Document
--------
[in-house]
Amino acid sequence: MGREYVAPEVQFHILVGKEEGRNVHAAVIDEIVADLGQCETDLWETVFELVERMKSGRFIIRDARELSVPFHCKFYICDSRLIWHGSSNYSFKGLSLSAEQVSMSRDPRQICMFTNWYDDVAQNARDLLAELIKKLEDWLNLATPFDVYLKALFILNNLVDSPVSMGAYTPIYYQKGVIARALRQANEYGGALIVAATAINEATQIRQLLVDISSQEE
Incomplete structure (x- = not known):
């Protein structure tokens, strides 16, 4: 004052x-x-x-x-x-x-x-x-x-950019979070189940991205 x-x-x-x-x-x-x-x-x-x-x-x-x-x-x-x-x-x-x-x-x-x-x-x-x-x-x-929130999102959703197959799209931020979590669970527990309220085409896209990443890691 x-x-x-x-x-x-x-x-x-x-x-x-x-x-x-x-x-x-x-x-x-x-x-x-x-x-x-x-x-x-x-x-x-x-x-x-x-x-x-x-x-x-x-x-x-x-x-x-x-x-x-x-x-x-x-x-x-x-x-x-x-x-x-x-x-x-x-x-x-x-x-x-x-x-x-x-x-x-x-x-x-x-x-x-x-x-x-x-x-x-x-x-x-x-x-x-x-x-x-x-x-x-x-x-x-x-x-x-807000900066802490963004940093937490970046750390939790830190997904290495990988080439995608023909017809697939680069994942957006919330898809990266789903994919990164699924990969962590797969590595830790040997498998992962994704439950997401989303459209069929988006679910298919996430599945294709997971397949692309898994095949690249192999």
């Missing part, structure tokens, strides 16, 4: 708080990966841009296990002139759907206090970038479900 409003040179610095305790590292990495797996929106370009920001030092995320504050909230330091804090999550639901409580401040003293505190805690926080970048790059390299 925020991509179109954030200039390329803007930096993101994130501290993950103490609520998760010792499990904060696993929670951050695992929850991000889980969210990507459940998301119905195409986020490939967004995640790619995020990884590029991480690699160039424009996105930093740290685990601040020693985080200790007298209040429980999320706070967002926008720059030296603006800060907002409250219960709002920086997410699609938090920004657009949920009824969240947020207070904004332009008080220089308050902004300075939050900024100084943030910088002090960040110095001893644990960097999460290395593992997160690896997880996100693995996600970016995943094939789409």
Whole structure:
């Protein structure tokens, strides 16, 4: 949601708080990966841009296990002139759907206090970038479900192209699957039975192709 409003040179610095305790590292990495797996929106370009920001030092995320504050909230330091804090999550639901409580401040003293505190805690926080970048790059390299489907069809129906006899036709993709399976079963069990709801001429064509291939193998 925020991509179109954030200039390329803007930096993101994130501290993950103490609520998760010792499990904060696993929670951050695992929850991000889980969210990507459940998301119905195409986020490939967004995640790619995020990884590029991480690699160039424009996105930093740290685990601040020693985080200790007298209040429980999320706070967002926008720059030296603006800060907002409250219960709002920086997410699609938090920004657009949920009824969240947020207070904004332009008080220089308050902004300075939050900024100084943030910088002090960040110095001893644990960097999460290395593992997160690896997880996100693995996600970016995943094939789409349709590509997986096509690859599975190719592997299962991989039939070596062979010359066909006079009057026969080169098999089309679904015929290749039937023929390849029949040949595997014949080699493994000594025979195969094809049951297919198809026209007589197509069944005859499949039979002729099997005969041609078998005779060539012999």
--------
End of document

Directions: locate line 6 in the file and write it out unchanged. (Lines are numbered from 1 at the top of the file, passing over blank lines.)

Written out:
Whole structure: